"NovaHex" wrote:It's the equivalent of teaching the Bible in a public school. People have different opinions about it, and some don't want their kids to learn about it. There's a huge difference between understanding something, and forcing beliefs. In other words....  Separation of Church and Straight? :p
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NovaHex
NovaHex posted in Debating:
It's the equivalent of teaching the Bible in a public school. People have different opinions about it, and some don't want their kids to learn about it. There's a huge difference between understanding something, and forcing beliefs.
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Puppies077
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AlphaT
AlphaT posted in Debating:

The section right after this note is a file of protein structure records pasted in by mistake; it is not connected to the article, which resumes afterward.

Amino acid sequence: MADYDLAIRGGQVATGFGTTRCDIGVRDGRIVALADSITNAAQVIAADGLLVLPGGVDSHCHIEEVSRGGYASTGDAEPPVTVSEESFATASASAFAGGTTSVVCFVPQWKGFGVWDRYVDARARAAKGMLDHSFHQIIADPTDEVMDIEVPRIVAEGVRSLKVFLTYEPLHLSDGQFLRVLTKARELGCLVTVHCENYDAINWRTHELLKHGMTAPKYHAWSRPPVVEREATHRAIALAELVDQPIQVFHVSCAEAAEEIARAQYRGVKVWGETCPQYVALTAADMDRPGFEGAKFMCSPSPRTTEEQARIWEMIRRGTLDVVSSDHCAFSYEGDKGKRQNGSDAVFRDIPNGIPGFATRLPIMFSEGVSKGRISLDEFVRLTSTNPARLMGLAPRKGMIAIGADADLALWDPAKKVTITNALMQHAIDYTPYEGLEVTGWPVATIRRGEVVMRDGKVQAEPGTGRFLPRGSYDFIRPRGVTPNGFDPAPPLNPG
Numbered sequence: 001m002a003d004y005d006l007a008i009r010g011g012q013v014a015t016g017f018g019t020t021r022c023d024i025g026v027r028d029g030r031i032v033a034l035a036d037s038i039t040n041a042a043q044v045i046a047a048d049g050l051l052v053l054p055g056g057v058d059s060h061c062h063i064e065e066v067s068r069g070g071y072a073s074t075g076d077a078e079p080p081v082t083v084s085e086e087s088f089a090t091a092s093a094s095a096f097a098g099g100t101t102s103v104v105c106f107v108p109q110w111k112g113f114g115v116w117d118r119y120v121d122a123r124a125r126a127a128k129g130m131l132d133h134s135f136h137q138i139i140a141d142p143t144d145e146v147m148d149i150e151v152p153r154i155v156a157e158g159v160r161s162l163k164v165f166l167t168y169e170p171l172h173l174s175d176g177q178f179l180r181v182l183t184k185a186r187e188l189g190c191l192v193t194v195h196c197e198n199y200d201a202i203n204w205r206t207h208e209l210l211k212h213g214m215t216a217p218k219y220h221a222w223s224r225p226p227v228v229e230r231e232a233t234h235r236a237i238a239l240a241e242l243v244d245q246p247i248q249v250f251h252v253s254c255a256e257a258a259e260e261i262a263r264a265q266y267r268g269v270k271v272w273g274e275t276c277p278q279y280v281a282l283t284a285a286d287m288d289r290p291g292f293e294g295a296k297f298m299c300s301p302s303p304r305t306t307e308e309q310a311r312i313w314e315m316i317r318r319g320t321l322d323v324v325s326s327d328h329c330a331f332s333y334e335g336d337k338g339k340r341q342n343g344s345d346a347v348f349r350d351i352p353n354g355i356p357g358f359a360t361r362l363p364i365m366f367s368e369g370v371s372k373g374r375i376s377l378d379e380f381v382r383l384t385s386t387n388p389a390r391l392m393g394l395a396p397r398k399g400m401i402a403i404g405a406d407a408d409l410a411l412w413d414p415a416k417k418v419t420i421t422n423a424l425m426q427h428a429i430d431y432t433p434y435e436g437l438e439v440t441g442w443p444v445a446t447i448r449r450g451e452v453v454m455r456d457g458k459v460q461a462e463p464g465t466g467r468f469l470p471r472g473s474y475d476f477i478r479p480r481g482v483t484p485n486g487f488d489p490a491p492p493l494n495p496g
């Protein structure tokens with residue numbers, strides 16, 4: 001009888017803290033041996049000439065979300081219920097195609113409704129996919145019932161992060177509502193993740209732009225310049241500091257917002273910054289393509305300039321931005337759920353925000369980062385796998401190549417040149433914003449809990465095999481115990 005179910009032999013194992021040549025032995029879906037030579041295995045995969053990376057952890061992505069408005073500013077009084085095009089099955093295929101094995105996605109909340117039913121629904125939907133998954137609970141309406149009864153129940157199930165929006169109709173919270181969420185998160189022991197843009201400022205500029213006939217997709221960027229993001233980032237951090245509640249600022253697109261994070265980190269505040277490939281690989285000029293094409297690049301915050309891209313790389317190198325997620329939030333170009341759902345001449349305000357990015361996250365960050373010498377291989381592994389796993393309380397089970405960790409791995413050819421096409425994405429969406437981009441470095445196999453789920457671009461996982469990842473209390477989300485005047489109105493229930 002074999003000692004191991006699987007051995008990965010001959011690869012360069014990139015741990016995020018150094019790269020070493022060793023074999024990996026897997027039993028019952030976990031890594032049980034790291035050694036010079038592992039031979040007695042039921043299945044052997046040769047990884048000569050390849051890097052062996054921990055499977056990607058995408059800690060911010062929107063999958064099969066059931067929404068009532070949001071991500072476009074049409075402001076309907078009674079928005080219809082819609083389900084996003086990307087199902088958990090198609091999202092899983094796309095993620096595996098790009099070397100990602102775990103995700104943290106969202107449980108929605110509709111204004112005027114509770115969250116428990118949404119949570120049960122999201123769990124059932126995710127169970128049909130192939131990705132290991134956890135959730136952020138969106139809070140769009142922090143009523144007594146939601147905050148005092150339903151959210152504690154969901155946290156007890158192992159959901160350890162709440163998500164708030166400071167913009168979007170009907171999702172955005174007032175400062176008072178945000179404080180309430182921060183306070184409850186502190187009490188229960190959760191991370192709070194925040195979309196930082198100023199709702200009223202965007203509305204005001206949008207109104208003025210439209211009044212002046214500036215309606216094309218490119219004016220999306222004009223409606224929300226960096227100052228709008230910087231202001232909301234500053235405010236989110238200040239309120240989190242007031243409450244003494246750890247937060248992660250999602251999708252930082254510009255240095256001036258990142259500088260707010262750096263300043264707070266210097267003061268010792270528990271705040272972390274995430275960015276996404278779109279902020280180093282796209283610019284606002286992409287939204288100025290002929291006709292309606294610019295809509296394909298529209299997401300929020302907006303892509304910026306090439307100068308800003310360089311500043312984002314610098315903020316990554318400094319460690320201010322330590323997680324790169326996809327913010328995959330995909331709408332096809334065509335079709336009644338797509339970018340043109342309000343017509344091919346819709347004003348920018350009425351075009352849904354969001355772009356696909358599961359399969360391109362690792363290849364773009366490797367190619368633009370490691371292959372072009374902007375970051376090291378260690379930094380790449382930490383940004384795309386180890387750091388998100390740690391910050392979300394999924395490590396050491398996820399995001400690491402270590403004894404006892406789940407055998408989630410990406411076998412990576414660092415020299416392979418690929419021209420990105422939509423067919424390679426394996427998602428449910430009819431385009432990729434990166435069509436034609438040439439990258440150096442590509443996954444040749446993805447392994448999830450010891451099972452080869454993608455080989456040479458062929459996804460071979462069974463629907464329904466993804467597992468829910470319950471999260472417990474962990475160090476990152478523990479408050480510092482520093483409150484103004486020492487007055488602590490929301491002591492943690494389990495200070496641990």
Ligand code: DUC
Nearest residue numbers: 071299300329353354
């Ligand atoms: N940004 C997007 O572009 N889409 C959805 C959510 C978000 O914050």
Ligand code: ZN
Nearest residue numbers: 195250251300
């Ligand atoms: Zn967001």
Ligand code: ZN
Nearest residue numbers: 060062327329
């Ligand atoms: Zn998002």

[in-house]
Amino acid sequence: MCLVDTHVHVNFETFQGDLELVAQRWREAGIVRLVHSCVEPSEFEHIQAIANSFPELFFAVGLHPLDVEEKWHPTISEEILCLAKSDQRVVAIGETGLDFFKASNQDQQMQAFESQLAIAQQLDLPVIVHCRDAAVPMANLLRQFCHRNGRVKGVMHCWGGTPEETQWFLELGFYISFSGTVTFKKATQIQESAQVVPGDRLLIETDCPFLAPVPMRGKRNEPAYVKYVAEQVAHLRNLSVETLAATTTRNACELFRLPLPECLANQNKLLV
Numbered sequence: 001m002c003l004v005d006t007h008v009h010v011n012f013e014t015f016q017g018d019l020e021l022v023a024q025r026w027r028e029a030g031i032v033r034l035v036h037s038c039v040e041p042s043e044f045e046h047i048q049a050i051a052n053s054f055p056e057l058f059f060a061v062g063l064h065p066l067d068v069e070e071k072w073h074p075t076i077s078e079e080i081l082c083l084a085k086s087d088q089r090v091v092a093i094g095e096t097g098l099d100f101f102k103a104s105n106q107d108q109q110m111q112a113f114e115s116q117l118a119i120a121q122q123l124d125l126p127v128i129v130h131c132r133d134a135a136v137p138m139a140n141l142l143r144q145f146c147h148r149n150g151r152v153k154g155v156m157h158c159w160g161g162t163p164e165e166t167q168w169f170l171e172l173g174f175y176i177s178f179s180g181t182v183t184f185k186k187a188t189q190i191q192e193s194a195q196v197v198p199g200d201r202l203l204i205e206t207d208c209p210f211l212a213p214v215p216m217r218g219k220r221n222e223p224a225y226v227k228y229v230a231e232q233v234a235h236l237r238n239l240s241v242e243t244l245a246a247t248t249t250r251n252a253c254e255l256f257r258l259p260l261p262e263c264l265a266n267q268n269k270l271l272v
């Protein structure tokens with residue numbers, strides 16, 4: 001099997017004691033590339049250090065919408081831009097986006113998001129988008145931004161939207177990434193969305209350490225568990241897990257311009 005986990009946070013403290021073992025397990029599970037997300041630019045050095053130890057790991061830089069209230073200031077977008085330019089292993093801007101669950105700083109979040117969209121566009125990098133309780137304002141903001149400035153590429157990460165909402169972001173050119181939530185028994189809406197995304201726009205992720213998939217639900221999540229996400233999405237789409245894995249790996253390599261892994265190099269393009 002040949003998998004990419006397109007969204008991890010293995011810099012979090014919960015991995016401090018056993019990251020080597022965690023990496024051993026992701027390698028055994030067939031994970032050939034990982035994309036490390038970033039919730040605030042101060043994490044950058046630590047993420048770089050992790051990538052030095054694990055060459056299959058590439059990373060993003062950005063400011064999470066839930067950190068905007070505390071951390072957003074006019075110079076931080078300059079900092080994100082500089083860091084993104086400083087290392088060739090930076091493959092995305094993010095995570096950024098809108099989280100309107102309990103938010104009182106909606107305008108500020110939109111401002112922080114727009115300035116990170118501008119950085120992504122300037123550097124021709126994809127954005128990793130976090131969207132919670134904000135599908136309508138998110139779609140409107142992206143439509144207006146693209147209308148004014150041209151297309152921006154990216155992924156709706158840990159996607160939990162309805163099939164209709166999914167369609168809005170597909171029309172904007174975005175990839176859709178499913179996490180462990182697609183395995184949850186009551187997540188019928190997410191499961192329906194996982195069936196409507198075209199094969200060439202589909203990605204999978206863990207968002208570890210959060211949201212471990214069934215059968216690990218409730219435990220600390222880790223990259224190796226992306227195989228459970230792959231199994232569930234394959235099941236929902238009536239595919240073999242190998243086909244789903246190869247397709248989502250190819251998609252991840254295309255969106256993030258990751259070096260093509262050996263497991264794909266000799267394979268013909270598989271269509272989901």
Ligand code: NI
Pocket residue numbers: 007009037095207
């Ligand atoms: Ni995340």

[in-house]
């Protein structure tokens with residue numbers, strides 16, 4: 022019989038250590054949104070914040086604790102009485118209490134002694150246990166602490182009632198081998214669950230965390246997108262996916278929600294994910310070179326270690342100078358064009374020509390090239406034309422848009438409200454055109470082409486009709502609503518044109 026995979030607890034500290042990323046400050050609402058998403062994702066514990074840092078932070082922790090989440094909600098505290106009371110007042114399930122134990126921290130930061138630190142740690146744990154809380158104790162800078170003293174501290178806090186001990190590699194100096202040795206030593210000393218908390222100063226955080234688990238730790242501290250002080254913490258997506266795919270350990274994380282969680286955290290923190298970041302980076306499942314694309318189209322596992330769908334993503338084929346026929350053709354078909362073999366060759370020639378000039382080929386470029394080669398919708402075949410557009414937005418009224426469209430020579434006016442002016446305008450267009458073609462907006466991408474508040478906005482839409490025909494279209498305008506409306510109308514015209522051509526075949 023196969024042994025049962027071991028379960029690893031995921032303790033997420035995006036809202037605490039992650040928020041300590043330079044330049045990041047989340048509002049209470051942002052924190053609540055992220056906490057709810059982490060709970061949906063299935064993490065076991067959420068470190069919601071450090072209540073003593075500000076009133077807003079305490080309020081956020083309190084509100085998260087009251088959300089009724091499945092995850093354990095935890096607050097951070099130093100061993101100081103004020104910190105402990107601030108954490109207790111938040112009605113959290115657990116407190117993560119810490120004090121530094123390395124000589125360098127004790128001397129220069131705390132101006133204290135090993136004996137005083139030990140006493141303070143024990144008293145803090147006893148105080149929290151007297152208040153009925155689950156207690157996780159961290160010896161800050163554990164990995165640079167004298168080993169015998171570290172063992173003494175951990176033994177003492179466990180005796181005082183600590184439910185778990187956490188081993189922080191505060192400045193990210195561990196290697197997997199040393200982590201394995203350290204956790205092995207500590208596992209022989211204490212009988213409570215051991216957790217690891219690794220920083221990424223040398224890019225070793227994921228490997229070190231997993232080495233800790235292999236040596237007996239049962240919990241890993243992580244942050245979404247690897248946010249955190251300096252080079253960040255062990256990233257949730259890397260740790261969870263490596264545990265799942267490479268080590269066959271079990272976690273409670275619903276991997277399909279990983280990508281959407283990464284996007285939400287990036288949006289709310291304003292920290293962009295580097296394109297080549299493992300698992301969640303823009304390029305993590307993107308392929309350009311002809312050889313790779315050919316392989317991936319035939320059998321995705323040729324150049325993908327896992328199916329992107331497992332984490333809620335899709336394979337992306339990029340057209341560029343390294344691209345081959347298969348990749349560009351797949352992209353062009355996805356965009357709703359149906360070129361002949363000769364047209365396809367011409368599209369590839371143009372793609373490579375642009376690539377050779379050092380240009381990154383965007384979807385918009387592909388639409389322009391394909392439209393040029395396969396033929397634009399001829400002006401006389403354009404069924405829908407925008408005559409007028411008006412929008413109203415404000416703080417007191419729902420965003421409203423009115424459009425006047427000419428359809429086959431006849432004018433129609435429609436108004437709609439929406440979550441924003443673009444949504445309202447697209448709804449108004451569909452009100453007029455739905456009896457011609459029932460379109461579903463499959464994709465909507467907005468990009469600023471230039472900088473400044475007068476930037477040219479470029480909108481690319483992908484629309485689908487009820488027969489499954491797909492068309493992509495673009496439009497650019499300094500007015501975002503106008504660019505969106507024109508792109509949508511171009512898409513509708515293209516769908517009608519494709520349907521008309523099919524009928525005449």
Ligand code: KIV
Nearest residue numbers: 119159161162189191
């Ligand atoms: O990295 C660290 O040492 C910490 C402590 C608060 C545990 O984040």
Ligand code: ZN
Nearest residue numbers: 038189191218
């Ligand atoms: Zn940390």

"DisneyanimeLover" wrote: "AlphaT" wrote: "KingShawn13" wrote: "AlphaT" wrote: "frolickingwinsanity" wrote: LGBTQIA+ community is just as appropriate as everyone else. This angers me that they made such a big deal out of it. Like DisneyanimeLover said: "I think it's fine to talk about. It's a part of life, and people should be educated on it."  Sadly, we kids are often told we're not old enough or lack the experience to have opinions on such things. Should these things really be taught or talked about in sixth grade? "AlphaT" wrote: "frolickingwinsanity" wrote: LGBTQIA+ community is just as appropriate as everyone else. This angers me that they made such a big deal out of it. Like DisneyanimeLover said: "I think it's fine to talk about. It's a part of life, and people should be educated on it."  Sadly, we kids are often told we're not old enough or lack the experience to have opinions on such things. Should these things really be taught or talked about in sixth grade? Should the Holocaust? Should Slavery? Should the Civil Rights movement? Because each of those subjects are definitely more inappropriate than the LGBT and what they stand for and yet it continues to be taught by teachers and learned by children in grades as low as fourth grade. Compared to those events in history, the LGBT discussion seems more like The Cat In The Cat than an inappropriate topic. And besides if a student feels they are mature enough to want to boraden their perspective and thoughts then they should be allowed to do it and not be oppressed or told they're wrong because their views differ from the status quo. Should children really be taught sexuality outside of Specs Ed class? Be honest here, none of us would want our kids to go to school and be lectured on the LGBT.  Well, actually that's not entirely true. ^ It depends on the parents. If they are conservatives, then that'll be true. However, they're lots of liberals who wouldn't mind.  My school educates us on LGBTQ+ quite often, and the students don't mind. Most enjoy it. I've only heard one family complain, and they were conservative.  The teachers are people with political and social opinions as well, which makes it hard to teach fairly. What curriculum would there be?